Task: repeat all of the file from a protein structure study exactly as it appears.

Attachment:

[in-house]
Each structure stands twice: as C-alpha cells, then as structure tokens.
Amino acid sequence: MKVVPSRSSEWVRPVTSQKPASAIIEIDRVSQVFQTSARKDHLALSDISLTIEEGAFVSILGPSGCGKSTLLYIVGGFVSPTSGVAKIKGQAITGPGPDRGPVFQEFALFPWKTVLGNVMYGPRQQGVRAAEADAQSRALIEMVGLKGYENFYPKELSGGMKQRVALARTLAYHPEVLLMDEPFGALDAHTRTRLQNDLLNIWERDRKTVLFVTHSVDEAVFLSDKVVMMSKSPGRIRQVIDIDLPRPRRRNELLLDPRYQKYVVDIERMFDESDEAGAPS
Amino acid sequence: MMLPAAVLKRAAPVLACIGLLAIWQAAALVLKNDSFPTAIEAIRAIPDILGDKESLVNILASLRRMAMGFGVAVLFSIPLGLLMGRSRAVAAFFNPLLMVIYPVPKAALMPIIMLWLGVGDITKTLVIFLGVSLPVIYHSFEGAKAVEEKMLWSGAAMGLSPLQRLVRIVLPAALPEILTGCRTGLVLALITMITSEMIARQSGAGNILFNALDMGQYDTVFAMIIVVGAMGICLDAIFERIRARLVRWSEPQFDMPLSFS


[in-house]
Each structure stands twice: as C-alpha cells, then as structure tokens.
Amino acid sequence: MKVVPSRSSEWVRPVTSQKPASAIIEIDRVSQVFQTSARKDHLALSDISLTIEEGAFVSILGPSGCGKSTLLYIVGGFVSPTSGVAKIKGQAITGPGPDRGPVFQEFALFPWKTVLGNVMYGPRQQGVRAAEADAQSRALIEMVGLKGYENFYPKELSGGMKQRVALARTLAYHPEVLLMDEPFGALDAHTRTRLQNDLLNIWERDRKTVLFVTHSVDEAVFLSDKVVMMSKSPGRIRQVIDIDLPRPRRRNELLLDPRYQKYVVDIERMFDESDEAGAPS
Amino acid sequence: MMLPAAVLKRAAPVLACIGLLAIWQAAALVLKNDSFPTAIEAIRAIPDILGDKESLVNILASLRRMAMGFGVAVLFSIPLGLLMGRSRAVAAFFNPLLMVIYPVPKAALMPIIMLWLGVGDITKTLVIFLGVSLPVIYHSFEGAKAVEEKMLWSGAAMGLSPLQRLVRIVLPAALPEILTGCRTGLVLALITMITSEMIARQSGAGNILFNALDMGQYDTVFAMIIVVGAMGICLDAIFERIRARLVRWSEPQFDMPLSFS